HSR&D Citation Abstract
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Impact of Smoking Cessation on Subsequent Pain Intensity Among Chronically Ill Veterans Enrolled in a Smoking Cessation Trial.
Bastian LA, Fish LJ, Gierisch JM, Stechuchak KM, Grambow SC, Keefe FJ. Impact of Smoking Cessation on Subsequent Pain Intensity Among Chronically Ill Veterans Enrolled in a Smoking Cessation Trial. Journal of pain and symptom management. 2015 Dec 1; 50(6):822-9.
Prior cross-sectional studies have reported greater pain intensity among persistent smokers compared with nonsmokers or former smokers; yet, few prospective studies have examined how smoking abstinence affects pain intensity.
To determine the impact of smoking cessation on subsequent pain intensity in smokers with chronic illness enrolled in a smoking cessation trial.
We recruited veteran smokers with chronic illness (heart disease, cancer, chronic obstructive pulmonary disease, diabetes, or hypertension) for a randomized controlled smoking cessation trial and prospectively examined pain intensity and smoking status. Participants (n = 380) were asked to rate their pain in the past week from 0 to 10 at baseline and the five-month follow-up. The primary outcome measure was self-reported pain intensity at the five-month follow-up survey. Self-reported smoking status was categorized as an abstainer if patients reported no cigarettes in the seven days before the follow-up survey.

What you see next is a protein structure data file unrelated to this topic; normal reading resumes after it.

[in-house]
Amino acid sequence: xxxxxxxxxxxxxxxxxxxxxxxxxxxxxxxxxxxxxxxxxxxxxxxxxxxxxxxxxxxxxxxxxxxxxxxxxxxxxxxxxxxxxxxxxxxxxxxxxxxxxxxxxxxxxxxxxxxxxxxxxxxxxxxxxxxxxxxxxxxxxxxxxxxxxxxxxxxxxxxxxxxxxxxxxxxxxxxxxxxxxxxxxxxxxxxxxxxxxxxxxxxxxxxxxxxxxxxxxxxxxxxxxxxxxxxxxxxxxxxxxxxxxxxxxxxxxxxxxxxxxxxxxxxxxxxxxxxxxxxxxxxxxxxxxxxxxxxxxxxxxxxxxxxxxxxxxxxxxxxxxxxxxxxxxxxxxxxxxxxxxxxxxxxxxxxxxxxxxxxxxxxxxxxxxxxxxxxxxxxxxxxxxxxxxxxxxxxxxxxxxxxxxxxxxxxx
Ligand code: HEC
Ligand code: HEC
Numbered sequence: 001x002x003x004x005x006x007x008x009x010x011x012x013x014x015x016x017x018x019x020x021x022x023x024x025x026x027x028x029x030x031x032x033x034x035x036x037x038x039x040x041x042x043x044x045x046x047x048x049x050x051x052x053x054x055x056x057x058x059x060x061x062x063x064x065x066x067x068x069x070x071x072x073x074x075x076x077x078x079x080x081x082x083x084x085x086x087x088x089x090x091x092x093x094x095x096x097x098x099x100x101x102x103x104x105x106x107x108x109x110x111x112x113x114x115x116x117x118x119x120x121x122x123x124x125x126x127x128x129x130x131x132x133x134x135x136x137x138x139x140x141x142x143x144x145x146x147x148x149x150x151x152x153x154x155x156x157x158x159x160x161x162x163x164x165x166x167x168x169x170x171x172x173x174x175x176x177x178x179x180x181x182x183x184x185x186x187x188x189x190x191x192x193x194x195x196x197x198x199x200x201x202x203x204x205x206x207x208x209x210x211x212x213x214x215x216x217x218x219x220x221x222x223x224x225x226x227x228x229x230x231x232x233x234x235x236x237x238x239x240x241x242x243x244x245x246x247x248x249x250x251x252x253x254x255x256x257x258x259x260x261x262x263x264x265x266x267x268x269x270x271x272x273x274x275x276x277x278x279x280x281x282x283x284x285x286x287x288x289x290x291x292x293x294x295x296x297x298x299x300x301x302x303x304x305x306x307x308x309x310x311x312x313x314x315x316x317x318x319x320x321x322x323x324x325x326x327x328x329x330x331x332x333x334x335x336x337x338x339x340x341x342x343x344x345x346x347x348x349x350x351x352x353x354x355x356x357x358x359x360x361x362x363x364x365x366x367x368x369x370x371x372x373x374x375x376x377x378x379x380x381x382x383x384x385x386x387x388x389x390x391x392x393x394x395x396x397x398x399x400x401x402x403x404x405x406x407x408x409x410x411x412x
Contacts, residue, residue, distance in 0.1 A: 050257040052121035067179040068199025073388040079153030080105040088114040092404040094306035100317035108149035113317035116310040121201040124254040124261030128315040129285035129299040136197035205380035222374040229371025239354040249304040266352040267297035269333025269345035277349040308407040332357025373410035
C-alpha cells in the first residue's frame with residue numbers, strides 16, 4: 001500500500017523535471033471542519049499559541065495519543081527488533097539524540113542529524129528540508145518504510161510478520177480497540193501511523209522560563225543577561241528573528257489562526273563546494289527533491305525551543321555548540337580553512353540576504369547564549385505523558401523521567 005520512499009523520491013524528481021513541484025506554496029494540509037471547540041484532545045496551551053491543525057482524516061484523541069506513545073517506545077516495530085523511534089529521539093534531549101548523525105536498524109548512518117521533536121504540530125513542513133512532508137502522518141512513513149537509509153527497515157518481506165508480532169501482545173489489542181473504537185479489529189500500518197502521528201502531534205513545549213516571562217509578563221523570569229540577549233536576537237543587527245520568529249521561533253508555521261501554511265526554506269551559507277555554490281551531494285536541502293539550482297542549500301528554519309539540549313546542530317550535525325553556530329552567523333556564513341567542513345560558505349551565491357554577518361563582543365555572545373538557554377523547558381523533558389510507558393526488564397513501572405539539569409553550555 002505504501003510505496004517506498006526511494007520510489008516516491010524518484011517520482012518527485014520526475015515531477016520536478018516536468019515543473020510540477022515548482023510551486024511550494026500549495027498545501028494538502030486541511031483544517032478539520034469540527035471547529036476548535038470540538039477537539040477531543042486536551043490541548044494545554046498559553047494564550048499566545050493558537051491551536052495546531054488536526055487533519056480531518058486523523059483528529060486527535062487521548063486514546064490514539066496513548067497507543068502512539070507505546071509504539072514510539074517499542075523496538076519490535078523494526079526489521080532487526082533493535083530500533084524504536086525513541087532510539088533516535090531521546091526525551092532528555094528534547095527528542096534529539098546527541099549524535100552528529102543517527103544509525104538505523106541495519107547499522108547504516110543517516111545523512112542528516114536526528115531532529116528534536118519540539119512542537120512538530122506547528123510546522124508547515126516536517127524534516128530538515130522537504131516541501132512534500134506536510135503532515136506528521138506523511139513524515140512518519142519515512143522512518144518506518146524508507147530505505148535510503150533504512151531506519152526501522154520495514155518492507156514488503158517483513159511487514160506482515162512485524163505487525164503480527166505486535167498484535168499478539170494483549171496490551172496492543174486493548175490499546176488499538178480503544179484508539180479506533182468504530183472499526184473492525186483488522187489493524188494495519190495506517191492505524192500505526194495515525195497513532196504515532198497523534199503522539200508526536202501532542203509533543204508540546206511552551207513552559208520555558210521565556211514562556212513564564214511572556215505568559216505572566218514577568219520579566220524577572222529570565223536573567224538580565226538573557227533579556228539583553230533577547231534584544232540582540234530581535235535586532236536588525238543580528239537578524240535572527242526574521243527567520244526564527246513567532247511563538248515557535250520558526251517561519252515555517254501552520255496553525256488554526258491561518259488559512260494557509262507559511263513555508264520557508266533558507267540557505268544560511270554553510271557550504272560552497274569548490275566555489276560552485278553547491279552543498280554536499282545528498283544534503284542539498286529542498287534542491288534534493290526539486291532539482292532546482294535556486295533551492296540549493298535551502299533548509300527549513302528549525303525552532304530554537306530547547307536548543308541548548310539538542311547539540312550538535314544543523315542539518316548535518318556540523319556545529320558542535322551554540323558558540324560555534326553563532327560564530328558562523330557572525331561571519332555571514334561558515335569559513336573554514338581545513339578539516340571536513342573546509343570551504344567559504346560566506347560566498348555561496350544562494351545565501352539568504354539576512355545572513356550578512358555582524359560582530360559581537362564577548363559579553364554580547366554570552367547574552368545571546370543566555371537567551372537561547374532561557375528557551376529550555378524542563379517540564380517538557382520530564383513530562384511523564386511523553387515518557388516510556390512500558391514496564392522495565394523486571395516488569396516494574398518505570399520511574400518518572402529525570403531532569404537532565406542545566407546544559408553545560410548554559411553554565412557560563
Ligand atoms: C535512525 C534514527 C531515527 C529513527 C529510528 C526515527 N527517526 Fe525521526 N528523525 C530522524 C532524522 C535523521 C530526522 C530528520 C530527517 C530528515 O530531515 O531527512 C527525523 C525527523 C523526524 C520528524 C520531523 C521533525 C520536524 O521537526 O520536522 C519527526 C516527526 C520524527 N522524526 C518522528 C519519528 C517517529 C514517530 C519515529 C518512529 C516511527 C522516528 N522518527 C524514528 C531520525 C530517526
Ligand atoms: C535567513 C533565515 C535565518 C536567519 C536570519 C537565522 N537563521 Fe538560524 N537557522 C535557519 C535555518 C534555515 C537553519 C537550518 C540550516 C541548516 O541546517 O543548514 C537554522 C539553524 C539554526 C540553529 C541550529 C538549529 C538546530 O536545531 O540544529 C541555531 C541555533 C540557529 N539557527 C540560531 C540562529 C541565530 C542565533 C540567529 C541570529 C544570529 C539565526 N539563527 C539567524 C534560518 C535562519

In unadjusted analyses, abstainers reported significantly lower pain levels at the five-month follow-up compared with patients who continued to smoke (parameter estimate = -1.07; 95% CI = -1.77, -0.36). In multivariable modeling, abstaining from cigarettes was not associated with subsequent pain intensity at five-month follow-up (parameter estimate = -0.27; 95% CI = -0.79, 0.25).
Participants who were classified as abstainers did not report significantly different levels of pain intensity than patients who continued to smoke. Future studies should expand on our findings and monitor pain intensity in smoking cessation trials.